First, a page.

There's really no downside to dual-flush toilets, either. They use about .8 gallons per flush for liquid waste and the standard 1.6 gallons for solid matter, a concept that makes total sense -- we actually wonder why it took this long to implement it. The American Water Works Association says that the average dual-flush user flushes 4.8 gallons per day, as opposed to 8 gallons for toilets that use 3.5 gallons per flush. When you compare a dual-flush to a conventional low-flow toilet, the dual-flush uses about 25 percent less water.
Because your annual water bill will decrease by about $100 (or more with a dual-flush), investing $100 to $300 in a high-efficiency toilet is actually a money-saving endeavor. And when you take into account that installing a low-flow or dual-flush toilet is no more difficult than installing a traditional toilet, the decision becomes even more of a no-brainer.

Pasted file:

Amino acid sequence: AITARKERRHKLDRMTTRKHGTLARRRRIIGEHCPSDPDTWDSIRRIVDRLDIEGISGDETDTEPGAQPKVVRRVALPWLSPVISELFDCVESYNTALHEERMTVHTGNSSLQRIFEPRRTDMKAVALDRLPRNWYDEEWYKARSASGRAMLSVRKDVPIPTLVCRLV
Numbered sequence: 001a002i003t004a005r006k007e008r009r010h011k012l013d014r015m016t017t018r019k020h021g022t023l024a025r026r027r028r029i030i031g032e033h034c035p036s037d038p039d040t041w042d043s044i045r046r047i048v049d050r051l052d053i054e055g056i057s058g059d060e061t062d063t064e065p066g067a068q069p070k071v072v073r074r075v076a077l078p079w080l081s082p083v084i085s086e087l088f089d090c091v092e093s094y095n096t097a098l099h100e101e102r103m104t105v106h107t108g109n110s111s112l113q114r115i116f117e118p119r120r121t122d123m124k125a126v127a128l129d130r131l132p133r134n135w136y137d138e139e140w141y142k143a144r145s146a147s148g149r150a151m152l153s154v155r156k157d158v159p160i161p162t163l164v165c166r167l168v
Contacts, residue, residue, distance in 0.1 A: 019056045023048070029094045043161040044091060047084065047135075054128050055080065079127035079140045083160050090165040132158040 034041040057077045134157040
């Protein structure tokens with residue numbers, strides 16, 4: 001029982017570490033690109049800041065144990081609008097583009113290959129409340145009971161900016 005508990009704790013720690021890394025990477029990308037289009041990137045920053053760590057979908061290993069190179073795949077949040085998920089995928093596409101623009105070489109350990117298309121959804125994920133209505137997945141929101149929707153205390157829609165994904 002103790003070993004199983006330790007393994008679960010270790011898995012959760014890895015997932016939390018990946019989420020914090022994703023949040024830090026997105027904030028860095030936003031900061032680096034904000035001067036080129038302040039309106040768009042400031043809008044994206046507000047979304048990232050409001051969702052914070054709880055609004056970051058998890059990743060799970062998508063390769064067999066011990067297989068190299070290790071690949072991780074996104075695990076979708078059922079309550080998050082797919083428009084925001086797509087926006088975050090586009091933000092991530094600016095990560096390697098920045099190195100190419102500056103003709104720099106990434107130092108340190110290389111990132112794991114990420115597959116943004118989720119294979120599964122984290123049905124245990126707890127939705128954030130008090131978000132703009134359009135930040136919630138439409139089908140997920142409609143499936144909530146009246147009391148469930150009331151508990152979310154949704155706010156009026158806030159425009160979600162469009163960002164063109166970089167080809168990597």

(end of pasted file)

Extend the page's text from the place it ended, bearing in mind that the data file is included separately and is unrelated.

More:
If you still don't want to shell out the money for a new toilet, there are plenty of DIY options for making your old porcelain throne into a low-flow. All you have to do is take a sand- or pebble-filled half-gallon plastic jug and sink it in your toilet tank -- this will save you a half-gallon per flush. You can also buy extremely inexpensive, easy-to-install converter kits that can make your toilet into a dual-flush in a matter of minutes.
So, now that you know the ins and outs of low-flows and dual-flushes, there's really no reason not to take the plunge and buy one already! On the next page you can learn more about the inner workings of toilets.